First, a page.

The 2019-nCoV coronavirus outbreak, that has sickened 43,000 people and killed at least 1,018, according to the latest numbers from the World Health Organization, may be a smaller risk to Chinese manufacturing than feared, according to JPMorgan.
Manufacturing facilities in Hubei are limited, they wrote. And the biggest industries, autos and health care, are not very time-sensitive, they wrote.
“In this regard (time sensitive and complex supply chain), the tech sector still needs to be monitored for idiosyncratic dislocations,” they wrote. “So far, gradual supply resumption seems on track. Some new products (like iPhone SE 2) may get delayed but existing products appear to have sufficient inventory. Thus, our analysts worry more about demand than supply.”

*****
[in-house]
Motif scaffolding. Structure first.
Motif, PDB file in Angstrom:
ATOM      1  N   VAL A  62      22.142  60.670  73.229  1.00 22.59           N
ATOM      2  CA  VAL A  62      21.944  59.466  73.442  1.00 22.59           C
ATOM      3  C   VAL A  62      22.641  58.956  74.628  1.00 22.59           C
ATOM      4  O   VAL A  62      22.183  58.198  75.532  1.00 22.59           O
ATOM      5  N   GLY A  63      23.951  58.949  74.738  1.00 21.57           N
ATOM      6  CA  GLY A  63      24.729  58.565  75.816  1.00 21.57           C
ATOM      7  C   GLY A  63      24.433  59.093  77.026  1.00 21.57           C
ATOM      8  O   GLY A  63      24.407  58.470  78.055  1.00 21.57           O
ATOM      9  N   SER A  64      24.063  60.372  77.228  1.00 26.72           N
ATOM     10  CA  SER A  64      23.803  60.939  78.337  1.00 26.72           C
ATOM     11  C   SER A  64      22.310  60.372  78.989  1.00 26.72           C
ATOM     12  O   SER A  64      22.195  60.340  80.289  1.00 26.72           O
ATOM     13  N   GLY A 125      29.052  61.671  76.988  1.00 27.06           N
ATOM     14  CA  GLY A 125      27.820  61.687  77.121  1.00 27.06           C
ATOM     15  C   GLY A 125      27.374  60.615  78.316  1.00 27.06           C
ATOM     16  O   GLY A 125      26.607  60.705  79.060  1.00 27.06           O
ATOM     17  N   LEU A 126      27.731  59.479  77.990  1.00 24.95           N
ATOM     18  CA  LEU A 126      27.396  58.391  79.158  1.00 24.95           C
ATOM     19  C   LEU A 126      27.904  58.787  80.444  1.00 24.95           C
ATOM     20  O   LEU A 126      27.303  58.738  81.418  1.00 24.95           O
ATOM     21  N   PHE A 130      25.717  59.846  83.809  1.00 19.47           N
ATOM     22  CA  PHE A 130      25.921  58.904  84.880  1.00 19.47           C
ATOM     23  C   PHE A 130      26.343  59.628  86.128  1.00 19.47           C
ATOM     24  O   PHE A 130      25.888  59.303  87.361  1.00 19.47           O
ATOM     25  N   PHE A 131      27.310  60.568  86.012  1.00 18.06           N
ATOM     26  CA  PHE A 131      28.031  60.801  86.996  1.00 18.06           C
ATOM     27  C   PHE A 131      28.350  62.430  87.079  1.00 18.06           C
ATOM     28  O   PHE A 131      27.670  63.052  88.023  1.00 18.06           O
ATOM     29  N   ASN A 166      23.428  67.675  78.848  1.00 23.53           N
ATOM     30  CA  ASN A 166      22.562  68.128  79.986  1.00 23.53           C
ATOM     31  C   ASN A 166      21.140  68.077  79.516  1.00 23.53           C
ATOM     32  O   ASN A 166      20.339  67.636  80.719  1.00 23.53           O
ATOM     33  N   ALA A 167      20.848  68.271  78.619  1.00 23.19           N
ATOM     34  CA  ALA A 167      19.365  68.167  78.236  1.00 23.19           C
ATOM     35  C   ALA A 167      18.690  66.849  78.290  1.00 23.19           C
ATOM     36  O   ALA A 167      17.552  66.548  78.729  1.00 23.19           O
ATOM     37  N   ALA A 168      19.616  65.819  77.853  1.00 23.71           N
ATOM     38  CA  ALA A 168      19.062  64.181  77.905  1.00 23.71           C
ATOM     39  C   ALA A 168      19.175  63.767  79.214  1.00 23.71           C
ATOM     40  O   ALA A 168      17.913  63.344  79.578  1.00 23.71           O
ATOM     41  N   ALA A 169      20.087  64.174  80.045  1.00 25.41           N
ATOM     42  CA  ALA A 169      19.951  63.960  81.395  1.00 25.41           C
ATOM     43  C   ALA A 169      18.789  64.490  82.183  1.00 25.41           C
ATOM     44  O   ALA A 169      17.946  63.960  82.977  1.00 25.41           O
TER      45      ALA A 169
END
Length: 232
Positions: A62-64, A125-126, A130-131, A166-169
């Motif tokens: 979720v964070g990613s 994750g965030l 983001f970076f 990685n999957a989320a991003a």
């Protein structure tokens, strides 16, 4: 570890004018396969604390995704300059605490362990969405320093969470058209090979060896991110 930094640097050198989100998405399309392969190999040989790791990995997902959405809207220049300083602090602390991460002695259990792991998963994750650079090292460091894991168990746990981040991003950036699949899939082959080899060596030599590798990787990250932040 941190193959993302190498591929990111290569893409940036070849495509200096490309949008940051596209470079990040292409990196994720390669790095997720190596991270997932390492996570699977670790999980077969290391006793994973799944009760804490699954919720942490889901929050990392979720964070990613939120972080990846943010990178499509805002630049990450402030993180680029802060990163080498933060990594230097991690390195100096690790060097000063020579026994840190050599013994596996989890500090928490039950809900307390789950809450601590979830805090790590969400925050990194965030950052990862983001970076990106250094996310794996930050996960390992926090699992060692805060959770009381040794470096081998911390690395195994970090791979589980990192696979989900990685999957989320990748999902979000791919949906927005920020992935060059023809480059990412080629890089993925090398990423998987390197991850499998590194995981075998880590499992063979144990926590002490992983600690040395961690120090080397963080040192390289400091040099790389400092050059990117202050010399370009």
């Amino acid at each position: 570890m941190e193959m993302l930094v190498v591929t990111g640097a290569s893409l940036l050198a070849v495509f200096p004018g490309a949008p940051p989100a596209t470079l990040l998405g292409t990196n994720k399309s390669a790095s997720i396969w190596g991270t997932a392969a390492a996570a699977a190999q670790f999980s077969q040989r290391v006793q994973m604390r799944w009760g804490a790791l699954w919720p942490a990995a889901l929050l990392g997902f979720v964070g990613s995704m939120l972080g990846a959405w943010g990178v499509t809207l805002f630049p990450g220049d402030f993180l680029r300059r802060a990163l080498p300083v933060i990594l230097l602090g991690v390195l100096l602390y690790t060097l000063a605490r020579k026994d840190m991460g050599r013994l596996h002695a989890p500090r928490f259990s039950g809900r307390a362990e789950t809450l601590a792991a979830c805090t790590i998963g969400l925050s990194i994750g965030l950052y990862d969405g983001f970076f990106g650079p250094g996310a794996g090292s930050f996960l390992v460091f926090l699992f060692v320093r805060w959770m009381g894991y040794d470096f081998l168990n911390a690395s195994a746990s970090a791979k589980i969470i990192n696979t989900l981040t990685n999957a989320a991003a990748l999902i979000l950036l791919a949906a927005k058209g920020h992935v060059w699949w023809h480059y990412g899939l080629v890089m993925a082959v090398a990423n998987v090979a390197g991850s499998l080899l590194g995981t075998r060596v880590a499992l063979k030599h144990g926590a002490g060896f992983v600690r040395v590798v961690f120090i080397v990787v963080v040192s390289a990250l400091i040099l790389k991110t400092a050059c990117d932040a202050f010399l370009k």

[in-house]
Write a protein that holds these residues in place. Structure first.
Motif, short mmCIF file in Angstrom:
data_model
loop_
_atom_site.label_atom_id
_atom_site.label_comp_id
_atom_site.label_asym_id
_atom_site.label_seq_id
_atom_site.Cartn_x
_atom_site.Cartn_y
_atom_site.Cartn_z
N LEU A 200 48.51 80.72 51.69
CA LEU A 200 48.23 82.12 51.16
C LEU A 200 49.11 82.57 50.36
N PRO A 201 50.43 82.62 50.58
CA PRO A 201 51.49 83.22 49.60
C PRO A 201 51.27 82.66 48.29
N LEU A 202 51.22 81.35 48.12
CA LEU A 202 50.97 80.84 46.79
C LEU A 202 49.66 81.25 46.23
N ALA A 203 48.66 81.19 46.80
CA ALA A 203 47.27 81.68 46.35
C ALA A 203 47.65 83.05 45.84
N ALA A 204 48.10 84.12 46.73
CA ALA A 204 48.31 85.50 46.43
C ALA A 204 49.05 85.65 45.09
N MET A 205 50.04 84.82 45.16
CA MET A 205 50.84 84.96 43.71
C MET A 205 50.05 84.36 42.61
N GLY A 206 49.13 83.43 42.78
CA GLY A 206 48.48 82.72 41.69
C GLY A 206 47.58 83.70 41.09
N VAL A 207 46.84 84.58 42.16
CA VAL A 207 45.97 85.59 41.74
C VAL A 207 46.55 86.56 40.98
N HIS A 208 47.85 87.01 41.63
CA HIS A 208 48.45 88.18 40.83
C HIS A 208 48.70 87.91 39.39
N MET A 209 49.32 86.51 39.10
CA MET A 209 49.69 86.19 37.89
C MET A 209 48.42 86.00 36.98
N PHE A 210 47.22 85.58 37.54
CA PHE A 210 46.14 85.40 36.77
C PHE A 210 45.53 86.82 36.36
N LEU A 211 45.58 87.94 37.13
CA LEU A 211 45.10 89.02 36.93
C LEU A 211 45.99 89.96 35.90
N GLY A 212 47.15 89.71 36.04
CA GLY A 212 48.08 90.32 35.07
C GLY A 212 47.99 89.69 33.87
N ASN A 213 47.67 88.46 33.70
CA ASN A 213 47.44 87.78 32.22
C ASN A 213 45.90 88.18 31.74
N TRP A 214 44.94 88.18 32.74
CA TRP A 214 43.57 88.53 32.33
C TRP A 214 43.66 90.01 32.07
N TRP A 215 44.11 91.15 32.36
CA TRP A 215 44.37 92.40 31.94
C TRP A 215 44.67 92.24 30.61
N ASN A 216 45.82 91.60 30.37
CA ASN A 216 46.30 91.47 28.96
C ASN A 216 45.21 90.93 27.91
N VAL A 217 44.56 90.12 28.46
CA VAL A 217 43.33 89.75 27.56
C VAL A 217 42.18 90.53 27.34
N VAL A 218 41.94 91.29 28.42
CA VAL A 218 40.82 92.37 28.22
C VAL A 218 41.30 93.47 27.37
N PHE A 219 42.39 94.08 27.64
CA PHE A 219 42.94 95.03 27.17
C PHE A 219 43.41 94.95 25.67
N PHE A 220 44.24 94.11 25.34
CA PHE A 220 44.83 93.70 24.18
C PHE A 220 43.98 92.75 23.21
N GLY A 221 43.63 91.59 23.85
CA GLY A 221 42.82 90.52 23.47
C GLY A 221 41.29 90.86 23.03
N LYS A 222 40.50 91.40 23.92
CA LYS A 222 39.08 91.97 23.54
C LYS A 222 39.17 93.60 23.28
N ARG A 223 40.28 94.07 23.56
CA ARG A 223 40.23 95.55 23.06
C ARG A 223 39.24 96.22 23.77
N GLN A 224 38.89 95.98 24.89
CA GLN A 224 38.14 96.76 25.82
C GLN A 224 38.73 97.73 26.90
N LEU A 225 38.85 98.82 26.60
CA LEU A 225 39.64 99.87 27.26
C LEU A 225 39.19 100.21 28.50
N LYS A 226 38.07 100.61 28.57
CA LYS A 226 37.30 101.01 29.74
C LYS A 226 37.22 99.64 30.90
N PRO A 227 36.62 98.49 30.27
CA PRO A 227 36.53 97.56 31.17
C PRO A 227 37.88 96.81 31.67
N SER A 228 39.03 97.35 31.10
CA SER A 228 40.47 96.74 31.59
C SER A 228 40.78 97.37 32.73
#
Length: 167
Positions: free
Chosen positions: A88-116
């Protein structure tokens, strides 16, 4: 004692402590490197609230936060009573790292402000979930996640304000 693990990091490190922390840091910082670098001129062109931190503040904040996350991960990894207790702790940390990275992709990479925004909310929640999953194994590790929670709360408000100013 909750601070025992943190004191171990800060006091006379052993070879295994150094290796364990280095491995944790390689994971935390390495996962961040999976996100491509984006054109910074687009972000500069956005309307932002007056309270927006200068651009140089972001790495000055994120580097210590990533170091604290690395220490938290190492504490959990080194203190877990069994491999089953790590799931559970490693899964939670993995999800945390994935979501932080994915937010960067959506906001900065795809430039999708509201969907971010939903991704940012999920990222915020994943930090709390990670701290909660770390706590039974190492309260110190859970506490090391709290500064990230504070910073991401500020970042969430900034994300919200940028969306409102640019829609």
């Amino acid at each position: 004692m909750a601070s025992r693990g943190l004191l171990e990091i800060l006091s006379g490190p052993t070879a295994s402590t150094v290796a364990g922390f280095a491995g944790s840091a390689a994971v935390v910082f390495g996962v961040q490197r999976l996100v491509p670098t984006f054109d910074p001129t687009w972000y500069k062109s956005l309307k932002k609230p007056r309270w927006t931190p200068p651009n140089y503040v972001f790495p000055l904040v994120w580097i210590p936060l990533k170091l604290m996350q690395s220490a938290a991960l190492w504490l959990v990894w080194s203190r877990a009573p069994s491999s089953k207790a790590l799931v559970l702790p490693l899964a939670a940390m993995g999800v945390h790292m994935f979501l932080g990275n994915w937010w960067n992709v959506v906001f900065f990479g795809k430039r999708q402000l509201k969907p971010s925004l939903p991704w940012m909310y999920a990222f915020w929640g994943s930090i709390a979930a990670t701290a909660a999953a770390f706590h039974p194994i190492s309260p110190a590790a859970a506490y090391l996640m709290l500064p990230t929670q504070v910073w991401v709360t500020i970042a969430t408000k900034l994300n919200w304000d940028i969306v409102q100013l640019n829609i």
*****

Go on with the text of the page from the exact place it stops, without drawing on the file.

The potential damage to consumer sentiment is the key issue, they wrote. Until the current outbreak, data globally was good with only bond and commodity markets showing some skittishness.
MacDailyNews Take: Hopefully, JPMorgan is right and the risk of the coronavirus infection spreading is under control. As usual, the information we get out of China is murky.
[Thanks to MacDailyNews Reader “Fred Mertz” for the heads up.]